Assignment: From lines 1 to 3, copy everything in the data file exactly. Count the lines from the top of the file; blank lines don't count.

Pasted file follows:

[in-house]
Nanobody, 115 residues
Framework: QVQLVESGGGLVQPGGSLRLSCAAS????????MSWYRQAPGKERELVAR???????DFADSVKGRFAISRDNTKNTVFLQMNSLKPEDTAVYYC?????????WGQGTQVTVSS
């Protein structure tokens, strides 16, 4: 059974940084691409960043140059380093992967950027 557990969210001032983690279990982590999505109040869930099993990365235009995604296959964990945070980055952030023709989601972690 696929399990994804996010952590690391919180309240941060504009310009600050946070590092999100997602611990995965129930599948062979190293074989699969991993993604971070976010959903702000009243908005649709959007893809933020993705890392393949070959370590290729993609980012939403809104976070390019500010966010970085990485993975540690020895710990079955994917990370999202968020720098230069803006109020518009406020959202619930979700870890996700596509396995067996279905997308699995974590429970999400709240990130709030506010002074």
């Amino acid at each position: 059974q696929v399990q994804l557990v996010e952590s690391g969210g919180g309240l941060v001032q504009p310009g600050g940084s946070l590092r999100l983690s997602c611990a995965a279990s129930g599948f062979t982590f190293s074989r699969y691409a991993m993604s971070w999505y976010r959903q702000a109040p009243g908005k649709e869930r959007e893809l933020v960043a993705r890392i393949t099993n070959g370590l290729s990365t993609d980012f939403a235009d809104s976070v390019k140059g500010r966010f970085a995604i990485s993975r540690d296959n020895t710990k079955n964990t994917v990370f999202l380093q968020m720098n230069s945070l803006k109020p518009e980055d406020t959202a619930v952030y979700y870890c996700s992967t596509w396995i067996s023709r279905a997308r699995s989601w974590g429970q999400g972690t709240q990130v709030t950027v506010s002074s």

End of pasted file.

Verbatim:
[in-house]
Nanobody, 115 residues
Framework: QVQLVESGGGLVQPGGSLRLSCAAS????????MSWYRQAPGKERELVAR???????DFADSVKGRFAISRDNTKNTVFLQMNSLKPEDTAVYYC?????????WGQGTQVTVSS